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Surdutovich studies the interaction of radiation with tissue

Thursday, March 21, 2013
Surdutovich studies the interaction of radiation with tissue
Special Lecturer Eugene Surdutovich, of the Department of Physics, studies the interaction of radiation with tissue. In particular, his work focuses on using mathematical modeling to examine how high energy ions interact with DNA. Ions are increasingly used to treat cancer (e.g., proton therapy). In the February issue of Scientific Reports, Surdutovich published Biodamage Via Shock Waves Initiated by Irradiation With Ions (Volume 3, Article Number 1289). The abstract is given below.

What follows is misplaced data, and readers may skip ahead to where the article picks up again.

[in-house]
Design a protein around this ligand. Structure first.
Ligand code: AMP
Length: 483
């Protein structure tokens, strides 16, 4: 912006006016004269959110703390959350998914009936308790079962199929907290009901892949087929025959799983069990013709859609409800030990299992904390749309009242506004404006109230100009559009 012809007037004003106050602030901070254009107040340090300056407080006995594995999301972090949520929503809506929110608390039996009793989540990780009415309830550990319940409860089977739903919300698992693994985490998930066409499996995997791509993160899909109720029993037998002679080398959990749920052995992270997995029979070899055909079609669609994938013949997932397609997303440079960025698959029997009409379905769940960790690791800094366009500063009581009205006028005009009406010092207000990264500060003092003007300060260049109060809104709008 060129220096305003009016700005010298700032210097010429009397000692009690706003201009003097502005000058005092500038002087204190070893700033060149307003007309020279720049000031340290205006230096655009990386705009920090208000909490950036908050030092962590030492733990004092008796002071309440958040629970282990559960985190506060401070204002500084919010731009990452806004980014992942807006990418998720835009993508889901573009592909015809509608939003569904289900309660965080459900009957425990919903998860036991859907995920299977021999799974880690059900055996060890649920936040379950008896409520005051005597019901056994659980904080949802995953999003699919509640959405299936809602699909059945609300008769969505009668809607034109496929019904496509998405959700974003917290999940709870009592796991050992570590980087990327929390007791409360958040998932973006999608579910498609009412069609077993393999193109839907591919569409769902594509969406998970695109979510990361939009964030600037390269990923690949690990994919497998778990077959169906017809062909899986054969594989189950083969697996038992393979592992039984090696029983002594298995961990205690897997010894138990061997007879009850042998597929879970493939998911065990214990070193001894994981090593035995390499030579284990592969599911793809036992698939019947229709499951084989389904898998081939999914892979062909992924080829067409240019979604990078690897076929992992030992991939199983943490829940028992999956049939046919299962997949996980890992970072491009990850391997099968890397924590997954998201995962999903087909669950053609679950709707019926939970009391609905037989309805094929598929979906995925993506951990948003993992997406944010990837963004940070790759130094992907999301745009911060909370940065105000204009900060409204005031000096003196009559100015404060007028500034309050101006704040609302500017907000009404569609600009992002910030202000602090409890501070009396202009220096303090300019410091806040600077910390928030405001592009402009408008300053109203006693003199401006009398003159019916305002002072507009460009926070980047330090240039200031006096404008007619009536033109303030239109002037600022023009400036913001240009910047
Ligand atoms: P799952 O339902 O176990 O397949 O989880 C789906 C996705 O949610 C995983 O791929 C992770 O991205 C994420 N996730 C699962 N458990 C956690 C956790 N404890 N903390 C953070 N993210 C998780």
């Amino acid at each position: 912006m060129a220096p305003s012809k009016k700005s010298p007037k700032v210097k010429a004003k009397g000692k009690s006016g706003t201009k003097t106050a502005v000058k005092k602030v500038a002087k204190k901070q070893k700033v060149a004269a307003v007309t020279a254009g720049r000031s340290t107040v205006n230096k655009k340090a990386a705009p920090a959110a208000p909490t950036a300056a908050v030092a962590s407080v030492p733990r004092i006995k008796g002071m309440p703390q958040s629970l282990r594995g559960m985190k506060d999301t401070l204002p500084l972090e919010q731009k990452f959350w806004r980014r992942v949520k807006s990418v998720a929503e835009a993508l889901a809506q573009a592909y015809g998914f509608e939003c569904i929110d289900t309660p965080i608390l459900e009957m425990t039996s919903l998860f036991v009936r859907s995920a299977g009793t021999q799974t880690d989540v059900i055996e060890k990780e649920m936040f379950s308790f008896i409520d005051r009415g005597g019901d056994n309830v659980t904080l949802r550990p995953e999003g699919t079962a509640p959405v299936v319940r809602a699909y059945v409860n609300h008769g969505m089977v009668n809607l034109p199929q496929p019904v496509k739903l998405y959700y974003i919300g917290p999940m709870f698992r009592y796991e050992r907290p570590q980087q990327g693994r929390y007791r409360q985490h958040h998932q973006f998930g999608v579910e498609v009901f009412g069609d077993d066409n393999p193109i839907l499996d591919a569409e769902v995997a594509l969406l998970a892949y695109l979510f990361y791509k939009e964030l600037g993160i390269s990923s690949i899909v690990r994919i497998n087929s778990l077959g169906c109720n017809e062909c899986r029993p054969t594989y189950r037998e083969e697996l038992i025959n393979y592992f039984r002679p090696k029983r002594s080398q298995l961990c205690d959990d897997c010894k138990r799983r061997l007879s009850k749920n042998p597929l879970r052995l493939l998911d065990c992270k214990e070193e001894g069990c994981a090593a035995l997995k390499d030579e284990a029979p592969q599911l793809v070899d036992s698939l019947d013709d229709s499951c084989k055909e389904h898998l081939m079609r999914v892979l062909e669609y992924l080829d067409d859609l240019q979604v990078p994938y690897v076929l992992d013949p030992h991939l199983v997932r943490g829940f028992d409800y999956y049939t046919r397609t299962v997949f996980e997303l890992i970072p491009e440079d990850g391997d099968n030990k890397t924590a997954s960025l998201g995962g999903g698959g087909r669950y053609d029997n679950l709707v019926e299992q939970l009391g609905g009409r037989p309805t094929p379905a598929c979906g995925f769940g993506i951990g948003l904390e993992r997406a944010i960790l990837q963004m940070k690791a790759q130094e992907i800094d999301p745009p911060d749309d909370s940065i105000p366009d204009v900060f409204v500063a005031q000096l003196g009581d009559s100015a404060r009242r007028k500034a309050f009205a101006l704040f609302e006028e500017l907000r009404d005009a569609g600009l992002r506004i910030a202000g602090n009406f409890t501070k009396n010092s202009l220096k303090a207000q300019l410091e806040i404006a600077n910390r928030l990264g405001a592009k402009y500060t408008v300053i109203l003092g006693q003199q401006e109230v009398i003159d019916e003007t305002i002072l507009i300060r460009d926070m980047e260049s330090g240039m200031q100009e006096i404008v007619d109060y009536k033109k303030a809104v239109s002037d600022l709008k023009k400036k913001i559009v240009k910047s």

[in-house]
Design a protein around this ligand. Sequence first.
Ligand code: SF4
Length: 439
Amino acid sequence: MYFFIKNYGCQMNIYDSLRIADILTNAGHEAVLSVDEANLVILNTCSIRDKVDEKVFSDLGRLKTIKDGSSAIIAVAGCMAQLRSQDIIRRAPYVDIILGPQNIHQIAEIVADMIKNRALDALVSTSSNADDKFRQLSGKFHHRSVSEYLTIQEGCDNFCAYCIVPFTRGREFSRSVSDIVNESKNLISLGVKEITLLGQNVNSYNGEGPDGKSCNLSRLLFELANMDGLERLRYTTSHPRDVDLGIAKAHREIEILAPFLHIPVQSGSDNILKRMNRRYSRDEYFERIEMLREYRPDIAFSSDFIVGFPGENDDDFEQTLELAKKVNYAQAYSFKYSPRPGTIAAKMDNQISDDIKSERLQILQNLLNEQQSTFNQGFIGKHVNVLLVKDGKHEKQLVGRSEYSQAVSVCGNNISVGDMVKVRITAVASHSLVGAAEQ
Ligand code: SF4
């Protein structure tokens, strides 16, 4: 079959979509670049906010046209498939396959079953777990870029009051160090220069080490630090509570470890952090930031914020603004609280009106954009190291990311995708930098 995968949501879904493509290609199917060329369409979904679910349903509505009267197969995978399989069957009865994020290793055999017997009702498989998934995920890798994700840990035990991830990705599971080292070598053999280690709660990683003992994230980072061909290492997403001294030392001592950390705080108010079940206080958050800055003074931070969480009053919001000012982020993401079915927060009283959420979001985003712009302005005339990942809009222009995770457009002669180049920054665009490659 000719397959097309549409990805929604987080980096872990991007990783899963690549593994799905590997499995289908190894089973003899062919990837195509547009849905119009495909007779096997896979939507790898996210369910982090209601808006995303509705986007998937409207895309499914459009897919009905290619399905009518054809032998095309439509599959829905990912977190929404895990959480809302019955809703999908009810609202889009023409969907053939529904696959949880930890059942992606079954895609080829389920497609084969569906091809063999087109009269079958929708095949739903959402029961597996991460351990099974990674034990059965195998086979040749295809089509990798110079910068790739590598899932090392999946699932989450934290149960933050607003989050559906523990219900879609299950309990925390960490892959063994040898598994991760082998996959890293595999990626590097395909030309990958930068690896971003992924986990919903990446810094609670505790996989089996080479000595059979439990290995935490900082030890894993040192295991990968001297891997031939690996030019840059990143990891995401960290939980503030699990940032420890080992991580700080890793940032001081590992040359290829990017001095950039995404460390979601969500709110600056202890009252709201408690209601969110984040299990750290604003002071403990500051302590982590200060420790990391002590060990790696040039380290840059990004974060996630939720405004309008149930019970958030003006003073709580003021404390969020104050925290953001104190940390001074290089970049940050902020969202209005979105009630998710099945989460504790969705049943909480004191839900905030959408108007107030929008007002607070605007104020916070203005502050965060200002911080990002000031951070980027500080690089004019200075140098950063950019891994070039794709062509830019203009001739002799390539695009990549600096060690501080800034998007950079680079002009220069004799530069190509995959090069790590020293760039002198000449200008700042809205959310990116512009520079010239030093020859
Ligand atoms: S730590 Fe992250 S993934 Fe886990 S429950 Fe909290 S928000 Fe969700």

Radiation damage following the ionising radiation of tissue has different scenarios and mechanisms depending on the projectiles or radiation modality. We investigate the radiation damage effects due to shock waves produced by ions. We analyse the strength of the shock wave capable of directly producing DNA strand breaks and, depending on the ion's linear energy transfer, estimate the radius from the ion's path, within which DNA damage by the shock wave mechanism is dominant. At much smaller values of linear energy transfer, the shock waves turn out to be instrumental in propagating reactive species formed close to the ion's path to large distances, successfully competing with diffusion.